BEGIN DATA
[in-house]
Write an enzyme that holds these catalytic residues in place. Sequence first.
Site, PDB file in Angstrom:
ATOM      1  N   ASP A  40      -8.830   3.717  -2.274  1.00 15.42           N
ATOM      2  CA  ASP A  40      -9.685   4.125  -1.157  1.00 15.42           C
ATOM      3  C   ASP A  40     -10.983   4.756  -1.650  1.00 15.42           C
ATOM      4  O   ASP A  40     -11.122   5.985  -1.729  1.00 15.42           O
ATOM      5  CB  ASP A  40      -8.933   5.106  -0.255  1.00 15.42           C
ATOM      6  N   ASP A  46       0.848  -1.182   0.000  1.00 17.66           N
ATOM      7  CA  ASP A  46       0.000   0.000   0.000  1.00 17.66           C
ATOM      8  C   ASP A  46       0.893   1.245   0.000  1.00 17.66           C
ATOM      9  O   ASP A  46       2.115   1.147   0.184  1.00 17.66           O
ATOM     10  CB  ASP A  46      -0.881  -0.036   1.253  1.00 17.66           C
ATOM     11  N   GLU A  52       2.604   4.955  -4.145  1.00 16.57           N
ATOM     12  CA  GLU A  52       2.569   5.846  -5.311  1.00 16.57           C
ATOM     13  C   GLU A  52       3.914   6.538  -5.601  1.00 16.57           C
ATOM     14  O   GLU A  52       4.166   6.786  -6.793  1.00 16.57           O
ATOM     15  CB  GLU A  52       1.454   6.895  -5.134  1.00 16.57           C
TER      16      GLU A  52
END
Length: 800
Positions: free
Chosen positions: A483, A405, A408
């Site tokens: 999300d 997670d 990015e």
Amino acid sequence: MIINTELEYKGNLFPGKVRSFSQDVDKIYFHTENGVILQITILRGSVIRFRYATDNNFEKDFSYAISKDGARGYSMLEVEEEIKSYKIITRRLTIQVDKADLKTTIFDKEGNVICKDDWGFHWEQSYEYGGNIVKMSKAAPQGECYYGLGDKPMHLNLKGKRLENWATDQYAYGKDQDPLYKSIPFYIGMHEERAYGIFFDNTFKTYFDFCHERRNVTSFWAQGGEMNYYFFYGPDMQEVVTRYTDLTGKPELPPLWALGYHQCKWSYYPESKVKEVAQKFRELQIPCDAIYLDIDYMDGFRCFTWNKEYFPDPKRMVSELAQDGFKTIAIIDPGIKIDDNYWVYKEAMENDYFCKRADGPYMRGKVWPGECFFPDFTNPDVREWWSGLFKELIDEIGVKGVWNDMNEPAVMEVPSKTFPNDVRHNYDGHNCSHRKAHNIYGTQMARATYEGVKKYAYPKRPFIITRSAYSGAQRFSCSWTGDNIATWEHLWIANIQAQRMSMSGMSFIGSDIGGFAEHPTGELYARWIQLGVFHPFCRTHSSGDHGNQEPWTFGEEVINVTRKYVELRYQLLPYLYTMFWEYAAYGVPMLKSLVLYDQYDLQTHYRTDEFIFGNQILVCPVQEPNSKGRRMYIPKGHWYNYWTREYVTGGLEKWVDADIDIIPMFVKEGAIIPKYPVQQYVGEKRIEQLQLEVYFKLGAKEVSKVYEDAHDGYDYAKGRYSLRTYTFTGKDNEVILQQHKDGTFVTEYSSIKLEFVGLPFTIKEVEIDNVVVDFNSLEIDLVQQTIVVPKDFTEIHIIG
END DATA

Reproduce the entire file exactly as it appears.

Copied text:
[in-house]
Write an enzyme that holds these catalytic residues in place. Sequence first.
Site, PDB file in Angstrom:
ATOM      1  N   ASP A  40      -8.830   3.717  -2.274  1.00 15.42           N
ATOM      2  CA  ASP A  40      -9.685   4.125  -1.157  1.00 15.42           C
ATOM      3  C   ASP A  40     -10.983   4.756  -1.650  1.00 15.42           C
ATOM      4  O   ASP A  40     -11.122   5.985  -1.729  1.00 15.42           O
ATOM      5  CB  ASP A  40      -8.933   5.106  -0.255  1.00 15.42           C
ATOM      6  N   ASP A  46       0.848  -1.182   0.000  1.00 17.66           N
ATOM      7  CA  ASP A  46       0.000   0.000   0.000  1.00 17.66           C
ATOM      8  C   ASP A  46       0.893   1.245   0.000  1.00 17.66           C
ATOM      9  O   ASP A  46       2.115   1.147   0.184  1.00 17.66           O
ATOM     10  CB  ASP A  46      -0.881  -0.036   1.253  1.00 17.66           C
ATOM     11  N   GLU A  52       2.604   4.955  -4.145  1.00 16.57           N
ATOM     12  CA  GLU A  52       2.569   5.846  -5.311  1.00 16.57           C
ATOM     13  C   GLU A  52       3.914   6.538  -5.601  1.00 16.57           C
ATOM     14  O   GLU A  52       4.166   6.786  -6.793  1.00 16.57           O
ATOM     15  CB  GLU A  52       1.454   6.895  -5.134  1.00 16.57           C
TER      16      GLU A  52
END
Length: 800
Positions: free
Chosen positions: A483, A405, A408
């Site tokens: 999300d 997670d 990015e």
Amino acid sequence: MIINTELEYKGNLFPGKVRSFSQDVDKIYFHTENGVILQITILRGSVIRFRYATDNNFEKDFSYAISKDGARGYSMLEVEEEIKSYKIITRRLTIQVDKADLKTTIFDKEGNVICKDDWGFHWEQSYEYGGNIVKMSKAAPQGECYYGLGDKPMHLNLKGKRLENWATDQYAYGKDQDPLYKSIPFYIGMHEERAYGIFFDNTFKTYFDFCHERRNVTSFWAQGGEMNYYFFYGPDMQEVVTRYTDLTGKPELPPLWALGYHQCKWSYYPESKVKEVAQKFRELQIPCDAIYLDIDYMDGFRCFTWNKEYFPDPKRMVSELAQDGFKTIAIIDPGIKIDDNYWVYKEAMENDYFCKRADGPYMRGKVWPGECFFPDFTNPDVREWWSGLFKELIDEIGVKGVWNDMNEPAVMEVPSKTFPNDVRHNYDGHNCSHRKAHNIYGTQMARATYEGVKKYAYPKRPFIITRSAYSGAQRFSCSWTGDNIATWEHLWIANIQAQRMSMSGMSFIGSDIGGFAEHPTGELYARWIQLGVFHPFCRTHSSGDHGNQEPWTFGEEVINVTRKYVELRYQLLPYLYTMFWEYAAYGVPMLKSLVLYDQYDLQTHYRTDEFIFGNQILVCPVQEPNSKGRRMYIPKGHWYNYWTREYVTGGLEKWVDADIDIIPMFVKEGAIIPKYPVQQYVGEKRIEQLQLEVYFKLGAKEVSKVYEDAHDGYDYAKGRYSLRTYTFTGKDNEVILQQHKDGTFVTEYSSIKLEFVGLPFTIKEVEIDNVVVDFNSLEIDLVQQTIVVPKDFTEIHIIG